A celebratory Wispa Gold, to kick off my vacation #ChocolateBarOfChampions
I’ve been using iCloud Photo Library (iCPL) for the last few months, basically since the day it went to Public Beta. It was one of the features I was most excited about for iOS 8 and OS X Yosemite. The idea is fantastic – all your photos available on all your (Apple) devices, and it’s integrated with what is probably your most frquently used camera, so new photos are automatically added.
When it works, it’s seamless and brilliant, and I can’t say enough good things about it… but this morning I turned it off on my iPhone and won’t be switching it back on any time soon.
Here are the two major problems I’ve had with it:
1. It causes (most) apps accessing the photo library to run extremely slow
Anytime I open an app which wants to access the photo library, that app tends to hang for a few seconds. This is easiest to see in something like Instagram, where if you go to add a picture, the icon in the bottom left which lets you select an existing image will show as blank for several seconds while it loads the first thumbnails. I’ve seen similar behaviour in the stock Camera app, and numerous image editors.
2. It absolutely destroys my mobile data allowance
I have a 4GB data allowance on my 4G data plan. When I have iCloud Photo Library enabled on my iPhone – even after syncing the entire library over WiFi before leaving the house – within a couple of days I will get a text message from my network telling me I’ve only got 200MB of my allowance left. This happens even after disallowing the Photos app from using mobile data, so it’s obviously some other process running in the background. To be clear: without iCloud Photo Library turned off, I have never been close enough to my data cap to trigger a warning; with it turned on, I use up my entire allowance within a few days.
The first problem of slowness has improved with the iOS 9 public betas, but #2 is still happening. A lot. It’s probably cost me upwards of £60 in increased mobile phone bills over the last few months. And this is before we get to other issues, including: either iCPL/the new Photos app screwing up the metadata on a whole bunch of photos1; occaisional sync conflicts2; problems caused by turning it off because of the other issues3.
By and large, I get the impression I’m the outlier. For most people, iCloud Photo Library works without issue and they’re happy with it. Hopefully it’s the same for you! But for me it just doesn’t work reliably enough without some serious downsides.
What’s your experience of iCloud Photo Library been like? Let me know!
- I found this one out when I tried importing my library into Google Photos and Dropbox for redundancy. Roughly 2500 photos no longer have any date information associated with them, so both services sort them into the day they were uploaded, completely ruining any logical grouping. ↩
- In iOS 8, if I quickly edited a new picture on your device, while it synced to your other devices, one of two things would happen; 1: only the edit would sync, or 2: your edit would be discarded when the sync finished. ↩
- What should happen is your iCPL photos are removed from the device, apart from the Camera Roll pictures on the device previously. Except, it usually turns into a crap-shoot as to which photos are kept. And sometimes, despite removing all these photos, the storage space isn’t freed up afterwards. Which is awesome when you only have a 16GB device. ↩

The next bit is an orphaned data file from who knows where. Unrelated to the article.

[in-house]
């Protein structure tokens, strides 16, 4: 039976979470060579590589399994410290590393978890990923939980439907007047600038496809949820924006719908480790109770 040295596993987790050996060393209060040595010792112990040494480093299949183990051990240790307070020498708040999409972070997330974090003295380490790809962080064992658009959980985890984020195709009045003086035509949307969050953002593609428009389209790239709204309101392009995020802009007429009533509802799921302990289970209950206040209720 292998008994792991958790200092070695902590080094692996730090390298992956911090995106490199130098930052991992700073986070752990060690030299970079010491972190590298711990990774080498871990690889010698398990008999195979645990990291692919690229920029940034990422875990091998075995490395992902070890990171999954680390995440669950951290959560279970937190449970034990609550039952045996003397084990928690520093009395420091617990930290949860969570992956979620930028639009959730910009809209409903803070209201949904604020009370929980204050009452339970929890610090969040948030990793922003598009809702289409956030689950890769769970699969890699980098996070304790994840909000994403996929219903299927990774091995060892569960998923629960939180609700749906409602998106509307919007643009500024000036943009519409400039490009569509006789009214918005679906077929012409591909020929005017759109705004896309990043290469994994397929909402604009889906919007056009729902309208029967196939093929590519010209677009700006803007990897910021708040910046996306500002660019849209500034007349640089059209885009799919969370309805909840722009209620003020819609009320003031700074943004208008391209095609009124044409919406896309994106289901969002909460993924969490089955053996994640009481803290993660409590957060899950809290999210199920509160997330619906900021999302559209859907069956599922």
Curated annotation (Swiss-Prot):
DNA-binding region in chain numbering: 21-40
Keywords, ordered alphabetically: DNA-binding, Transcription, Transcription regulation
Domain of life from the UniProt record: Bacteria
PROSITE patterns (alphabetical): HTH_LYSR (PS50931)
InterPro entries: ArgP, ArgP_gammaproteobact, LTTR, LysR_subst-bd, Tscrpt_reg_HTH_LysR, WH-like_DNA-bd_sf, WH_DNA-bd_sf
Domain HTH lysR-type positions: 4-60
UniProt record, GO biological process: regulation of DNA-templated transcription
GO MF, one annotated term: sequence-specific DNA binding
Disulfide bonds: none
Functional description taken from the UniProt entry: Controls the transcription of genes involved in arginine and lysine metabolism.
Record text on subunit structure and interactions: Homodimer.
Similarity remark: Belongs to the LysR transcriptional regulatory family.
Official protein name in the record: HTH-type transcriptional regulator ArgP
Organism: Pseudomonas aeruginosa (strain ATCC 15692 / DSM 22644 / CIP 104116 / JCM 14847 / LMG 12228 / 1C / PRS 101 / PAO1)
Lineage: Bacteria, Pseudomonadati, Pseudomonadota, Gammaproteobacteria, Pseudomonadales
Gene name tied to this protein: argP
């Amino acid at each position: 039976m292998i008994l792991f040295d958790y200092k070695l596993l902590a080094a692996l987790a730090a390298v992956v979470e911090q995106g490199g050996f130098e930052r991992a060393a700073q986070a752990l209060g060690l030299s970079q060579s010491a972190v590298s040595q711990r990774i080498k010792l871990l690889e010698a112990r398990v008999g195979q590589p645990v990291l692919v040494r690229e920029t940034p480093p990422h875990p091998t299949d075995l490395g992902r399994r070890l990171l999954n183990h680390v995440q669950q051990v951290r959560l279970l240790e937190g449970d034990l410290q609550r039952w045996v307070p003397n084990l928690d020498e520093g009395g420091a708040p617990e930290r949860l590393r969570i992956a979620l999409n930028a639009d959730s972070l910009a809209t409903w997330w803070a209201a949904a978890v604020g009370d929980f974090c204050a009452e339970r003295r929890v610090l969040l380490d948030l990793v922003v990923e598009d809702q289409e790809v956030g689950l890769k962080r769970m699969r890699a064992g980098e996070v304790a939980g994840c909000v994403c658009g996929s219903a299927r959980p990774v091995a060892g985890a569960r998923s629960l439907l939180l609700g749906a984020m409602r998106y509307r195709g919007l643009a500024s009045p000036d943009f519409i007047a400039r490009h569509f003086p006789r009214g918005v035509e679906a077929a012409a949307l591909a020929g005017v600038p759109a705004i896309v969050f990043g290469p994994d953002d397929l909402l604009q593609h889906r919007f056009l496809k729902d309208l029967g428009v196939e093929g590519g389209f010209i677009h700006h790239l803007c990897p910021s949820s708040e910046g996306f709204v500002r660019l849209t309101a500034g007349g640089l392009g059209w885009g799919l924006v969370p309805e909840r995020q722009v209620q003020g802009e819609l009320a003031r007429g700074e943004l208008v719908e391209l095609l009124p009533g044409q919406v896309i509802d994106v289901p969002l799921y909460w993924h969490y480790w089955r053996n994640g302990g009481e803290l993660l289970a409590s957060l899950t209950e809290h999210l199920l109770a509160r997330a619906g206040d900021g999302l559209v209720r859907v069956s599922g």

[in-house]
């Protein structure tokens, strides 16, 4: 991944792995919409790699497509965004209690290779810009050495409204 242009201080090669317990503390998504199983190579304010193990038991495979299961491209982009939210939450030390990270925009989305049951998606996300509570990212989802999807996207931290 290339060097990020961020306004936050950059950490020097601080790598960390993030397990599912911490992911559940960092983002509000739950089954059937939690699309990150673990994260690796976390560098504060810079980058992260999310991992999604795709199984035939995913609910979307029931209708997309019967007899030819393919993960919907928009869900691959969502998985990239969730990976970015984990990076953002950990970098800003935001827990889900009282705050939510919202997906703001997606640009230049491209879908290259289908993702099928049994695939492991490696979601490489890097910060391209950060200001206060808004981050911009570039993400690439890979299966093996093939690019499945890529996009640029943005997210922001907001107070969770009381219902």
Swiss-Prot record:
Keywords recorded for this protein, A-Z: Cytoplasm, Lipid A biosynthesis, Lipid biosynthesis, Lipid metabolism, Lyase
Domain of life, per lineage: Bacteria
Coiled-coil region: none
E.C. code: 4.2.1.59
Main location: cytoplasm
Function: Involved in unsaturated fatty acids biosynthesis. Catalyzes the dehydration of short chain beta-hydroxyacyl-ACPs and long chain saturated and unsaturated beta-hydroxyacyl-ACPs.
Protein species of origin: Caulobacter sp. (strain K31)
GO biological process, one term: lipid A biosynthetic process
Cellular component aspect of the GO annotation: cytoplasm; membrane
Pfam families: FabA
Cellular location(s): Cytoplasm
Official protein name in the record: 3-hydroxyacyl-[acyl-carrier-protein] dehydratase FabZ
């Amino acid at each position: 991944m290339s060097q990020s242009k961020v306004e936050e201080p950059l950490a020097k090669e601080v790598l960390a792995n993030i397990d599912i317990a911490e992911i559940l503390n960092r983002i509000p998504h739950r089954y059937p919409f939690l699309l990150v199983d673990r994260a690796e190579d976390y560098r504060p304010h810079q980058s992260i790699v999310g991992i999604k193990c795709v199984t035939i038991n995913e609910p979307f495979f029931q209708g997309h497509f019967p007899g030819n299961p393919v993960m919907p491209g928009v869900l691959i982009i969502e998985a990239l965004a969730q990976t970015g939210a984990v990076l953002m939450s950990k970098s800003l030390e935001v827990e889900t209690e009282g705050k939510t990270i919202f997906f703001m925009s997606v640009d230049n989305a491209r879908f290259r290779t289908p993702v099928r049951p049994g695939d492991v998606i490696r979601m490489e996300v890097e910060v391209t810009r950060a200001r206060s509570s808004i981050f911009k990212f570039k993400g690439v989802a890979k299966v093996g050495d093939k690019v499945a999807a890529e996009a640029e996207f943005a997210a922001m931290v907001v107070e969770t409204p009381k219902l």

Never, ever pre-order games. That’s the general rule, especially given such recent debacles as the PC version of Arkham Knight.
But as with every rule, there are exceptions. The final entry in the Starcraft 2 series is – for me – one of them. Within 20 minutes of learning the pre-order for the digital editions was live, I had the deluxe edition ordered.
Starcraft is one of those rare gaming series I hold dear; I played the original on my very first PC, fell in love with the story, then had to wait over a decade until Starcraft 2 came along. When the first part, Wings of Liberty, arrived 12 years after Starcraft 1, I fell in love all over again, and all fears about how splitting up the game into 3 would work out. The 3 year wait for Heart of the Swarm was agonising — I loved the story being told so much I just wanted more!
Now we’re nearing the end, at last. The final chapter in the Starcraft saga will arrive sometime between now and March, and I can’t wait.
I have none, because we haven’t seen enough full information – in context – to make any informed opinions.
And neither have you. I get it, change is scary. But stop whining on the internet about AoS before you have all the information. Please? It’ll make the transition much more pleasant for you, me, and everyone else.
I’m flabbergasted by how quickly it all went from “ok, this looks like it could be fun and interesting,” to “ZOMG! The sky is falling! F-you GW! This is the most ridiculous and crappy game EEEEHHHVVAR!”
And it hasn’t even been officially revealed yet. Careful; your knee is jerking so hard you might do yourself an injury.
I do have one final, parting thought to leave you with:
If you want a balanced, tournament-friendly (and 1st-party supported!) Fantasy massed-battle game that plays like a “Warhammer 9th” – basically what everyone complaining the loudest seems to be lamenting Age of Sigmar is not – then I humbly suggest you go check out Kings of War. 2nd Edition is right around the corner, with the beta rules available for free download. A number of Warhammer Fantasy armies port over to KoW with little-to-no modification or need to buy new models. It’s fast, deceptively simple, fun, well written, and actively supported. If you’re up in arms about AoS, it wouldn’t hurt to check it out.